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legal Indiana laws on homemade.

Hey all,
I'm new here but not new to hot stuff. I come here seeking answers to questions I thought I knew. My sauce is Serrano based and I'm looking into going legit. Indiana cottage food law states a product (my sauce) can be produced in a home kitchen if the pH is 4.6 or lower. This does not apply to "acidifed" foods. My sauce has some vinegar in it, which supposedly makes it acidifed, but the county Health Dept official said something along the lines of "if the pH is too high, can you just alter it to make it more acidic? "

So, I'm confused. I thought I knew what acidifed meant but her comment makes me wonder.


Any help clarifying would be greatly appreciated!
 
Google acidified foods:

3-13: Acidified Low Acid Foods An acidified food is a low acid food to which acid or acid food is added to produce a final pH of 4.6 or less. proper acidification prevents growth of C. botulinum. Final product pH must be 4.6 or less to prevent C. botulinum growth. pH Is the term used to designate degree of acidity or basicity. The more hydrogen ions equals more acidic. The pH scale ranges from 0 to 14. Pure water is neutral at a pH of 7.0. Above a pH of 7.0 there are more OH ions. Below a pH of 7.0 there are more H ions. Buffering capacity refers to the ability of a food to resist change in pH. This varies from food to food. To determine pH of a product there are two methods, colorimetric method and electronic method. There are several acidification procedures in establishment can use (1) acid Blanche food, (2) immerse blanched foods in acid solution, (3) direct batch acidification, (4) add acid foods to low acid foods, (5) direct acidification of food in container. Each certification method requires proper control. An establishment may utilize more than one procedure. An establishment must monitor the acidification by pH measurement as reference in regulation 431.5(e). Failure to properly acidify a product to less than 4.6 pH, one of the following must occur, fully reprocess product, process as low acid food, hold for evaluation, or destroy. Establishment must maintain records showing adherence to process schedules and retain records of all processed deviations.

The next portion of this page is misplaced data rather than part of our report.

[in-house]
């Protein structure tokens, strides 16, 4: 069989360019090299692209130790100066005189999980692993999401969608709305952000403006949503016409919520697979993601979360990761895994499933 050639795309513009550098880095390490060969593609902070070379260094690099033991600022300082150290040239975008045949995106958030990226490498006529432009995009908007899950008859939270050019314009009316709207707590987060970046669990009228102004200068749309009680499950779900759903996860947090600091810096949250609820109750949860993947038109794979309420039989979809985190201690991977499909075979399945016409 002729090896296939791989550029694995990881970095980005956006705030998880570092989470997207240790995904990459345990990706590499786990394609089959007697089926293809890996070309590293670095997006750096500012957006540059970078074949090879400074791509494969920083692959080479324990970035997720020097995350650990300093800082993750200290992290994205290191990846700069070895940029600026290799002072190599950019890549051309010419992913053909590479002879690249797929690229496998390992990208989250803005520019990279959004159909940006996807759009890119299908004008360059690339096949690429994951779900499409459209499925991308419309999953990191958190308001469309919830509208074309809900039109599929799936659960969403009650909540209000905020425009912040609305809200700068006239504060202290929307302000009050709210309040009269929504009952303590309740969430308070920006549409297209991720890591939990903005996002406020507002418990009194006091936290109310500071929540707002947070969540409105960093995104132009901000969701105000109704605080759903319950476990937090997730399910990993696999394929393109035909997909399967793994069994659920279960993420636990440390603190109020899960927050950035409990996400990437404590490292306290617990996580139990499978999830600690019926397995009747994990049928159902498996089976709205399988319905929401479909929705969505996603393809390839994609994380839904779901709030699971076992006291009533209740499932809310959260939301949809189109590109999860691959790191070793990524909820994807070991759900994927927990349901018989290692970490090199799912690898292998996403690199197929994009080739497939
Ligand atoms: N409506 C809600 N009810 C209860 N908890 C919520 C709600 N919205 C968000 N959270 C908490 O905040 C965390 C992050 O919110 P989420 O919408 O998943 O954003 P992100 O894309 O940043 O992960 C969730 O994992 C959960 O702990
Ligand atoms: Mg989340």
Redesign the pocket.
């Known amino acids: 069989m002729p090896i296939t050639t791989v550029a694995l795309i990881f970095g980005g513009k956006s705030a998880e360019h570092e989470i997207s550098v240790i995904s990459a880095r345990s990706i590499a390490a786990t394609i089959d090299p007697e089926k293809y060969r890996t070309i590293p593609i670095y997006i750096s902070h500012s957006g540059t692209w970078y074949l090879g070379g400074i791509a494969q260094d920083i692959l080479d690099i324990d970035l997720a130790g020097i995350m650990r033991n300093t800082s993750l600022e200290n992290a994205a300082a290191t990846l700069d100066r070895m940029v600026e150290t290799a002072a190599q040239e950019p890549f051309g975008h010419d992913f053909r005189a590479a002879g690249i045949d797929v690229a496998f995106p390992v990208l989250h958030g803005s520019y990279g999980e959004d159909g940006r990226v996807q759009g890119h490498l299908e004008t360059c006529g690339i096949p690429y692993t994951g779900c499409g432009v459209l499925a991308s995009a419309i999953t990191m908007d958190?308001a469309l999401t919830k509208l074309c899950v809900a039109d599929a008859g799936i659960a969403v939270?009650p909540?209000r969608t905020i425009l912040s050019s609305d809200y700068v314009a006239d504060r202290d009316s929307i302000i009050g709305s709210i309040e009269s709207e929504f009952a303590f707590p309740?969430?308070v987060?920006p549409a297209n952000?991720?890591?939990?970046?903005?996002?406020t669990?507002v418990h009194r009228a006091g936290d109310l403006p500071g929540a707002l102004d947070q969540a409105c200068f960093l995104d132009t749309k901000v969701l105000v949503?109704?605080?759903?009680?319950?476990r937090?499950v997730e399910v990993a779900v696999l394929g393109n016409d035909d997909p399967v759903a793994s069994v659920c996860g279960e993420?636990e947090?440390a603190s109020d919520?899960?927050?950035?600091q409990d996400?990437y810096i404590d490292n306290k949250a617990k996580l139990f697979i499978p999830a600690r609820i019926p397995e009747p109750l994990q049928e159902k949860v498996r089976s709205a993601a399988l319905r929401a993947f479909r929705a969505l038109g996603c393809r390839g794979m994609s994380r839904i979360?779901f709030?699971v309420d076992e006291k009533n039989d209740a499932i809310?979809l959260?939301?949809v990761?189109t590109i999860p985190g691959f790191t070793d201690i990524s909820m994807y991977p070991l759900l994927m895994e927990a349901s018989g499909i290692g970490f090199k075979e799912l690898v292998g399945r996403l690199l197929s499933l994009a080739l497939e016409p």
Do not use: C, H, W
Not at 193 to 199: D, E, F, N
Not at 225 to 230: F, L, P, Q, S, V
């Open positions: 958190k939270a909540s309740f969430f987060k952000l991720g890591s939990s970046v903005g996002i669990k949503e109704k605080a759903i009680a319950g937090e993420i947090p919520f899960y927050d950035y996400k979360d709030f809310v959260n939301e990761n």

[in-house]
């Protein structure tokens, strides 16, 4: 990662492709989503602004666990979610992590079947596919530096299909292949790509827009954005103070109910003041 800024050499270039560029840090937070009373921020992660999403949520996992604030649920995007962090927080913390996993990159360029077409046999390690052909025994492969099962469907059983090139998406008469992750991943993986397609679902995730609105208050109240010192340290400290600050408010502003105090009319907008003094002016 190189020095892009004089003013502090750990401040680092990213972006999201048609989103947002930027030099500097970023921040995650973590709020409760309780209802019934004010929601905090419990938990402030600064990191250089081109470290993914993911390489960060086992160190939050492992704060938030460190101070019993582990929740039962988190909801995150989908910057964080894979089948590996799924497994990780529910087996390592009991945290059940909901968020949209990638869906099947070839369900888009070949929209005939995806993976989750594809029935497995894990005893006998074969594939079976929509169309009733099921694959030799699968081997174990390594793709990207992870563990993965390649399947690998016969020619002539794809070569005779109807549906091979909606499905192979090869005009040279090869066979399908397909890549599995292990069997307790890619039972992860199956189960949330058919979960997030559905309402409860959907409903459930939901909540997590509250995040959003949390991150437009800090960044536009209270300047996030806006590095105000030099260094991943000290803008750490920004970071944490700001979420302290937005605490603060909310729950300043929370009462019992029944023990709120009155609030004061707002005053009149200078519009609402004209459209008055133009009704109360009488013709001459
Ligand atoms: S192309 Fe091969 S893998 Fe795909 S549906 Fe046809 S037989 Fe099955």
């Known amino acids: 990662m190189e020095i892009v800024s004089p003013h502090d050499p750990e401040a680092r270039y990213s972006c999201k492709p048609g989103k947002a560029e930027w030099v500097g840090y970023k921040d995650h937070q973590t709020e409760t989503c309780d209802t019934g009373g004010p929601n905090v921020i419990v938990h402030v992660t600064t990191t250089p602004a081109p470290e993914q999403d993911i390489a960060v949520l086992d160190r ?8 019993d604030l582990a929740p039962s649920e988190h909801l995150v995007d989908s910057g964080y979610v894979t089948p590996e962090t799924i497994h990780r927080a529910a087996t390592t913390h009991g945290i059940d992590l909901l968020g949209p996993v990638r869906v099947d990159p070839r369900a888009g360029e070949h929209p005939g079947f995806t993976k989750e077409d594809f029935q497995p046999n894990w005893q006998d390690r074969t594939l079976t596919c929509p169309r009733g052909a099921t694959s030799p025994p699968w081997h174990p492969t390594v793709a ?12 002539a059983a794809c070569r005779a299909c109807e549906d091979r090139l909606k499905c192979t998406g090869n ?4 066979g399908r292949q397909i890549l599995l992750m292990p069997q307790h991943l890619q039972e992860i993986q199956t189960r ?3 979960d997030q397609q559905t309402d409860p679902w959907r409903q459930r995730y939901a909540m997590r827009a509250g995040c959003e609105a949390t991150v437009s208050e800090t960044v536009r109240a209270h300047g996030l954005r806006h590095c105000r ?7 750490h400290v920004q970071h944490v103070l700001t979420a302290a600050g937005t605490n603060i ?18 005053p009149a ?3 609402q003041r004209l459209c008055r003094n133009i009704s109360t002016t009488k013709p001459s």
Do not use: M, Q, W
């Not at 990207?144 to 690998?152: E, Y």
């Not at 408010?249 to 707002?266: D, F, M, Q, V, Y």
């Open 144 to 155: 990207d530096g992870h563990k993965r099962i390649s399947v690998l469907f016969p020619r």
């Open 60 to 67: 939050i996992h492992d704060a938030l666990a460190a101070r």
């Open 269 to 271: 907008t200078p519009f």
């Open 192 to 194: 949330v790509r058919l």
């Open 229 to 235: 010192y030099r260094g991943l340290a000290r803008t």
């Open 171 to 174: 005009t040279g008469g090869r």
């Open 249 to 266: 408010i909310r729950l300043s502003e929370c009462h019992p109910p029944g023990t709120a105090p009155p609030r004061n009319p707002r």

The Hot Pepper

Founder
Admin
You can't do hot sauce but you can do pepper jam. For hot sauce you can find a co-packer.
 

The Hot Pepper

Founder
Admin

The_NorthEast_ChileMan

Extreme Member
Hey all,
I'm new here but not new to hot stuff. I come here seeking answers to questions I thought I knew. My sauce is Serrano based and I'm looking into going legit. Indiana cottage food law states a product (my sauce) can be produced in a home kitchen if the pH is 4.6 or lower. This does not apply to "acidifed" foods. My sauce has some vinegar in it, which supposedly makes it acidifed, but the county Health Dept official said something along the lines of "if the pH is too high, can you just alter it to make it more acidic? "

So, I'm confused. I thought I knew what acidifed meant but her comment makes me wonder.


Any help clarifying would be greatly appreciated!
Interestingly, the higher the pH # - the lower the acidic content.

1656896975167.png


Always confuses the hell out of me!
 
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